LYTTON, B.C. — The BC Wildfire Service says more than 200 wildfires are burning in British Columbia after a series of thunderstorms swept over several parts of the province.

The wildfire service website shows about three dozen small fires were sparked across all regions except the Coastal Fire Centre.

At least 24 are believed to have been caused by lightning, while the website says two are blamed on human activity and the cause of the rest is undetermined.

Environment Canada has said conditions are favourable for very strong winds, large hail and heavy rain in at least eight regions of the province.

A dangerous heat wave continues to bring sweltering temperatures and little nighttime cooling to several areas, including the Fraser Canyon and Thompson regions where several dangerous wildfires are burning.

Flames that destroyed most of the Fraser Canyon village of Lytton last week have charred 77 square kilometres of bush, while the wildfire service says the blaze near Sparks Lake, north of Kamloops, has burned 392 square kilometres.

Evacuation orders covering hundreds of properties remain in place for both areas.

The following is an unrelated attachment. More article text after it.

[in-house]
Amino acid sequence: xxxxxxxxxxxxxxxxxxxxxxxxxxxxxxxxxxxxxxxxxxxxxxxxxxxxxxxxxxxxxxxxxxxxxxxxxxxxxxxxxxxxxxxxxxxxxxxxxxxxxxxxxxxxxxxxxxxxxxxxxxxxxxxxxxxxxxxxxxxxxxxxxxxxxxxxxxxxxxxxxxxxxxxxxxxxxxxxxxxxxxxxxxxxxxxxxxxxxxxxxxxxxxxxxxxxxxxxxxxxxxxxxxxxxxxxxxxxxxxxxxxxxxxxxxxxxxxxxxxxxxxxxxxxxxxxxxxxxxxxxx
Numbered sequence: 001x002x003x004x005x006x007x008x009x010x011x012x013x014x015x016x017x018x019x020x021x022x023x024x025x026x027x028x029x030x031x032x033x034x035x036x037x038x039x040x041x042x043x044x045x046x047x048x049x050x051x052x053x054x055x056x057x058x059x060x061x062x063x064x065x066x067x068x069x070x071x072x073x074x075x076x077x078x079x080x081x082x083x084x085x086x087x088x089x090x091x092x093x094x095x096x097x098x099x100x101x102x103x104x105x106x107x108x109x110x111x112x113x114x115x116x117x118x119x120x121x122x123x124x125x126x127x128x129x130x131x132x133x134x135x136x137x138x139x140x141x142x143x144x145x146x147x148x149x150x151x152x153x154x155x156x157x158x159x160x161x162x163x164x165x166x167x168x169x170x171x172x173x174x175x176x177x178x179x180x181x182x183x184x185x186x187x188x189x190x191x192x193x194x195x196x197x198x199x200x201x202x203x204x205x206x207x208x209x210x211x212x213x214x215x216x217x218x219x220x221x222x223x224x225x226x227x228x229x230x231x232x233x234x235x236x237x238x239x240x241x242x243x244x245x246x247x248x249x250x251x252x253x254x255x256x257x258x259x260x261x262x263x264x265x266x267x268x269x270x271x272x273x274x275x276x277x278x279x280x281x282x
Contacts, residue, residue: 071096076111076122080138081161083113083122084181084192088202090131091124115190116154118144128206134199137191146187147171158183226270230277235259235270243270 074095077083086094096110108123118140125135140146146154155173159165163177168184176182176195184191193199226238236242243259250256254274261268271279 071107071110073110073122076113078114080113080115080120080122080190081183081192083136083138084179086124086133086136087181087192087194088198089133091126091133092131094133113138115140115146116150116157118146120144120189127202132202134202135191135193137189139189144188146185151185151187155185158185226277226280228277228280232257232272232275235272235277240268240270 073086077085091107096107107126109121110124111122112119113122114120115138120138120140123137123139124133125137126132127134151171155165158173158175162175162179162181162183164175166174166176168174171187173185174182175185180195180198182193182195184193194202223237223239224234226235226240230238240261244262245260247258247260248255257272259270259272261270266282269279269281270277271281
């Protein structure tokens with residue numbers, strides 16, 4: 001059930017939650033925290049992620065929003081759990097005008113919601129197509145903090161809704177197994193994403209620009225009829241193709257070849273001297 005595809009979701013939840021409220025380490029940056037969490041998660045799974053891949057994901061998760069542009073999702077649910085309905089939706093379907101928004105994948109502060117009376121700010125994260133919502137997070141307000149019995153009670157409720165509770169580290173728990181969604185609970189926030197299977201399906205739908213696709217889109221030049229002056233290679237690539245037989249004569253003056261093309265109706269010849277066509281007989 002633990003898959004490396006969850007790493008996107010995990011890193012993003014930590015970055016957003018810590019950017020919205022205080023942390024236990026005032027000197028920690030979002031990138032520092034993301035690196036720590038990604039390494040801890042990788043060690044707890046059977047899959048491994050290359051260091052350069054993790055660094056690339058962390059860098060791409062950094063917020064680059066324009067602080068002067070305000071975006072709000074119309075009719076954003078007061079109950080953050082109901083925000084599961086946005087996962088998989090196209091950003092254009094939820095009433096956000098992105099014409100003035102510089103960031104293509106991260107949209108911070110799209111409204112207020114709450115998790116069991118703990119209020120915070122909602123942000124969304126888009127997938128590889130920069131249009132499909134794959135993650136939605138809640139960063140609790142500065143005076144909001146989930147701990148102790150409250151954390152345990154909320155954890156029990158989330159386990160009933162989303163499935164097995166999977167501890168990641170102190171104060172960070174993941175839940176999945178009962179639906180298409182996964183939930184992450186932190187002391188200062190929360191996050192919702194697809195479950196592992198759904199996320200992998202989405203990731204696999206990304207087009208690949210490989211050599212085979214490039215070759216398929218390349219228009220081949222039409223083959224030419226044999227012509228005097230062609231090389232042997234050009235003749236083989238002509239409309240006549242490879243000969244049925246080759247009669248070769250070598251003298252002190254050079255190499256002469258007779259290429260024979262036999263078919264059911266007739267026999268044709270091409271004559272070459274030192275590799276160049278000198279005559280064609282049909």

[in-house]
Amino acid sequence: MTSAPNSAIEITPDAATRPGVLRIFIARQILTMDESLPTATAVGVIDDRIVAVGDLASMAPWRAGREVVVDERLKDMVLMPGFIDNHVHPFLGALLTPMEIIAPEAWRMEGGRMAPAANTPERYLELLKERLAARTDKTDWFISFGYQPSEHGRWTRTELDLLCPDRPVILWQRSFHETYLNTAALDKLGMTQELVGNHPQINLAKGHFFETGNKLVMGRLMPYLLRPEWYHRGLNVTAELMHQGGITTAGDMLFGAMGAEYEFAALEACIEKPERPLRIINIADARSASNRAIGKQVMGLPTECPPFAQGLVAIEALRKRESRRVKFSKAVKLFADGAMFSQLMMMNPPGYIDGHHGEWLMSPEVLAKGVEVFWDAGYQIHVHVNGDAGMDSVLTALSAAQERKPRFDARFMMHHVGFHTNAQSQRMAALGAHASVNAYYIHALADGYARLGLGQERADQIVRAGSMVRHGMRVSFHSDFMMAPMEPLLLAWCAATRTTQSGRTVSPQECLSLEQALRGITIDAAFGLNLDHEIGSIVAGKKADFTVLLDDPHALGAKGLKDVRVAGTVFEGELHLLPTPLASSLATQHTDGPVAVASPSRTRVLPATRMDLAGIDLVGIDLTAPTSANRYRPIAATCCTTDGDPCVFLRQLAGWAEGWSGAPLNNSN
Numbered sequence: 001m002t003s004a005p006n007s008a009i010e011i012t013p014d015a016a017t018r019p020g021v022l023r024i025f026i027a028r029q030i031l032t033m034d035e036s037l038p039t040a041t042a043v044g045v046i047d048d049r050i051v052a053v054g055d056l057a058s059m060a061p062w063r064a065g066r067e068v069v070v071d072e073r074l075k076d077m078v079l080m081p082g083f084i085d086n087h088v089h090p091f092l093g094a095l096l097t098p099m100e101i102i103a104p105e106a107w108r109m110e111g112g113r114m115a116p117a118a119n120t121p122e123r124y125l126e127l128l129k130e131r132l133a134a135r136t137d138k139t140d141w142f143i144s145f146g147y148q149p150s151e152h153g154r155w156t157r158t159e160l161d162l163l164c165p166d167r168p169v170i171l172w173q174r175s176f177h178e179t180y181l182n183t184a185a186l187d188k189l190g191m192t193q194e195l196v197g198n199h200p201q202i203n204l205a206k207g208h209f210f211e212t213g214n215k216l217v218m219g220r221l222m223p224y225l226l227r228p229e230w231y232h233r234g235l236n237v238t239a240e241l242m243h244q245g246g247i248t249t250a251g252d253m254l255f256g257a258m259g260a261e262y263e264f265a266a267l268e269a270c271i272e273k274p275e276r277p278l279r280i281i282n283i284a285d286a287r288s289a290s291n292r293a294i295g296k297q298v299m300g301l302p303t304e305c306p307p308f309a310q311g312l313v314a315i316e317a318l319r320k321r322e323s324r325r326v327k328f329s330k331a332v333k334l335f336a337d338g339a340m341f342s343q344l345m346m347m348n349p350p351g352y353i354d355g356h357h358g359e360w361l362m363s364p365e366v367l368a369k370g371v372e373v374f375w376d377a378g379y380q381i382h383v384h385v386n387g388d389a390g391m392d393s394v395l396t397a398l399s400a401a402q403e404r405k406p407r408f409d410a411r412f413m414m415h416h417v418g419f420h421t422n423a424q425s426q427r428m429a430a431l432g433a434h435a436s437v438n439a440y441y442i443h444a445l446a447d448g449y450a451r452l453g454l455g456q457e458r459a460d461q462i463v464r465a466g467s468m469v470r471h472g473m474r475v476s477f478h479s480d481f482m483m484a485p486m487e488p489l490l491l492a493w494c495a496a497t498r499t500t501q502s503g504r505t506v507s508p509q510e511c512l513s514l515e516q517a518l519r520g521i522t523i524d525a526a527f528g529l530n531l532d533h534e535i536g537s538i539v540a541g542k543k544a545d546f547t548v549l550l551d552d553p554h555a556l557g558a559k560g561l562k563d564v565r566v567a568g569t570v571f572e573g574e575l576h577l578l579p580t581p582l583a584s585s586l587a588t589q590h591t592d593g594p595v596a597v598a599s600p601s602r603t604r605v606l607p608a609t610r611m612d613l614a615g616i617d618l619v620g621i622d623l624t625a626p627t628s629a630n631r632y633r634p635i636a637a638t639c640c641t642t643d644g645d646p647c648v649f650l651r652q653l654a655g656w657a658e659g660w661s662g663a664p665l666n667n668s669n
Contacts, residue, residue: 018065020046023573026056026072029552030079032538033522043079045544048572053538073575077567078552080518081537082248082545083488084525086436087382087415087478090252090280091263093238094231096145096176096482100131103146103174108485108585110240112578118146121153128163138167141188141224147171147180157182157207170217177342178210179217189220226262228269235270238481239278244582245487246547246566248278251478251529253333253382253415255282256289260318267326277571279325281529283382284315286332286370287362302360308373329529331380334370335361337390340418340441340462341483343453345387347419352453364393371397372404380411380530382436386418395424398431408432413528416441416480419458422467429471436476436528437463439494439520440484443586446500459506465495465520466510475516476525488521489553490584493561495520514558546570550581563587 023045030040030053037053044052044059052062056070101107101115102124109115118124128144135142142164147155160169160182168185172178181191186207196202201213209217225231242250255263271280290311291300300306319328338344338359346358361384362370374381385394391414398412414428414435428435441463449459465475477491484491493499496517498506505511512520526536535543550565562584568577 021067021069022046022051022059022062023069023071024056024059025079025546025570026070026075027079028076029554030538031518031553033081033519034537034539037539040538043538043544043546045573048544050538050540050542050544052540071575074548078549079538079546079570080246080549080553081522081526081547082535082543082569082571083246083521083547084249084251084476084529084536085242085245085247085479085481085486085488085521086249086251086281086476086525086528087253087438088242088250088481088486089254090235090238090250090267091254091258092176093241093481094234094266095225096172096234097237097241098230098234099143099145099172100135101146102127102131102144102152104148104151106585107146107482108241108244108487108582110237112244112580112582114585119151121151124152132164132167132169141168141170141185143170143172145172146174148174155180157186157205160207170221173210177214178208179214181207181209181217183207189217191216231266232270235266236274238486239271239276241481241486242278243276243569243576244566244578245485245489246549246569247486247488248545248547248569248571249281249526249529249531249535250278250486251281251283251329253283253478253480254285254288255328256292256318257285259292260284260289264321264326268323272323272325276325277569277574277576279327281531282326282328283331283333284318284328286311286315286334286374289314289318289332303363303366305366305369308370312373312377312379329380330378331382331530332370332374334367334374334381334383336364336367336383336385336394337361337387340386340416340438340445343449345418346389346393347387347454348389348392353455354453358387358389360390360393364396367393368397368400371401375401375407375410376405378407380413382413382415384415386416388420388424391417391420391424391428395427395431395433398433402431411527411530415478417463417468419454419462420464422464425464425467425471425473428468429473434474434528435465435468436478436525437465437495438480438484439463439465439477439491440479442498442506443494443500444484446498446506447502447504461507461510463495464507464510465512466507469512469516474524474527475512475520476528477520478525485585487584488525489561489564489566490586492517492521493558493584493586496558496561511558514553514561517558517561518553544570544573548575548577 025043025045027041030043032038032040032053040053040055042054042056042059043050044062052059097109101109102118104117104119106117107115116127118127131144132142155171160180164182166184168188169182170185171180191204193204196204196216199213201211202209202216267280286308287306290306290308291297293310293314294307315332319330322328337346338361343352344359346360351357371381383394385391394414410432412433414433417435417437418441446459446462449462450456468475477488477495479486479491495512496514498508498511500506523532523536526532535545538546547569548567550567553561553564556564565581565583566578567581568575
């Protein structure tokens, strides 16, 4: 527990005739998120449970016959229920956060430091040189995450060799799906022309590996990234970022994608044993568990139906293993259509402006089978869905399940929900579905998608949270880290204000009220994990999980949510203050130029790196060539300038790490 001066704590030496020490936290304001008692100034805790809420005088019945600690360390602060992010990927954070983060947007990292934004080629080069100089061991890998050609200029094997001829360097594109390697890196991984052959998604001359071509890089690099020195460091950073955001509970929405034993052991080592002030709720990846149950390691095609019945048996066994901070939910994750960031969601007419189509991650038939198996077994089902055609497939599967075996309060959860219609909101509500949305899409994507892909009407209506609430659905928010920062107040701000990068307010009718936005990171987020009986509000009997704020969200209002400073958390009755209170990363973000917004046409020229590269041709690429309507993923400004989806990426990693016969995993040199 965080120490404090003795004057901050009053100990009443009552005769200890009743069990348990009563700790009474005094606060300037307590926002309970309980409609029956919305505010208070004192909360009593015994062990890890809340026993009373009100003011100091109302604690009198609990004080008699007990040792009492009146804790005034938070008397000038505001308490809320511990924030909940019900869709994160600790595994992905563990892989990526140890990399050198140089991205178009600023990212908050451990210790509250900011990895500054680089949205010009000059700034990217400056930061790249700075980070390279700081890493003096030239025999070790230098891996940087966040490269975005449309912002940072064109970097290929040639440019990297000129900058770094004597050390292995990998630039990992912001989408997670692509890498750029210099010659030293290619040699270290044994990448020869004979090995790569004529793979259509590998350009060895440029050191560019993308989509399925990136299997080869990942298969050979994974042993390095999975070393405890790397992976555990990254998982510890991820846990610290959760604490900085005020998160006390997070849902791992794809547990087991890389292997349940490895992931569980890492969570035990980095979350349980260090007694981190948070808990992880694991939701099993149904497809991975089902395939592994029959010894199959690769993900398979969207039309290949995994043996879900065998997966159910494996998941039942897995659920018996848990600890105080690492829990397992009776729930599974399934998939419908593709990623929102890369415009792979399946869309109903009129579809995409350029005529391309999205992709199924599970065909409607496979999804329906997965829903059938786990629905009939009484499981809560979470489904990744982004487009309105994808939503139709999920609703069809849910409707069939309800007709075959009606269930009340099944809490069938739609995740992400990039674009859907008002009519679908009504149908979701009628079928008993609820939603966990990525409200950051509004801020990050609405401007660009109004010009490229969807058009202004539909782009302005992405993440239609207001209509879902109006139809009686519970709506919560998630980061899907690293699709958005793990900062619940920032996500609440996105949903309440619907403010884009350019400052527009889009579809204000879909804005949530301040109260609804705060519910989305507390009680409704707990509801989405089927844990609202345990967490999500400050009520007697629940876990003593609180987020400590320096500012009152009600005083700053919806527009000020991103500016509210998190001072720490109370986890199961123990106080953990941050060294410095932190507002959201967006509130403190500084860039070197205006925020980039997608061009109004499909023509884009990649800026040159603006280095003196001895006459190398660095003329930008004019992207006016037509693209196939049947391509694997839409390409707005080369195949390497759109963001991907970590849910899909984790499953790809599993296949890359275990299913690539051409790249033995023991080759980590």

The Thompson-Nicola Regional District said in a statement Tuesday that plans are underway for either a feeding or rescue operation of the animals that remain within the evacuated areas of Lytton.

There's a very limited window of opportunity to conduct the operation and a specialized team will be handling it, the statement said.

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Those who had to leave their animals behind are being asked to contact the district with information on location and care.

"While we understand that residents are anxious to return to the area, it is still unsafe to do so." the statement said.

It says the Lytton First Nation is also co-ordinating a plan for residents who have animals on the nation's property.

A total of 13 blazes that are either highly visible or pose a risk to humans and property are burning in the Cariboo, Kamloops and Prince George fire centres.

Air quality has also been affected by wildfire smoke and the weather office says those conditions will cover the northeastern corner of B.C., and most of the central and southern Interior for the next 24 to 48 hours.

"Individuals may experience symptoms such as increased coughing, throat irritation, headaches or shortness of breath," Environment Canada says in its latest air quality statement.

Children, seniors and those with heart or lung problems are especially at risk, the weather office says.

This report by The Canadian Press was first published July 6, 2021.

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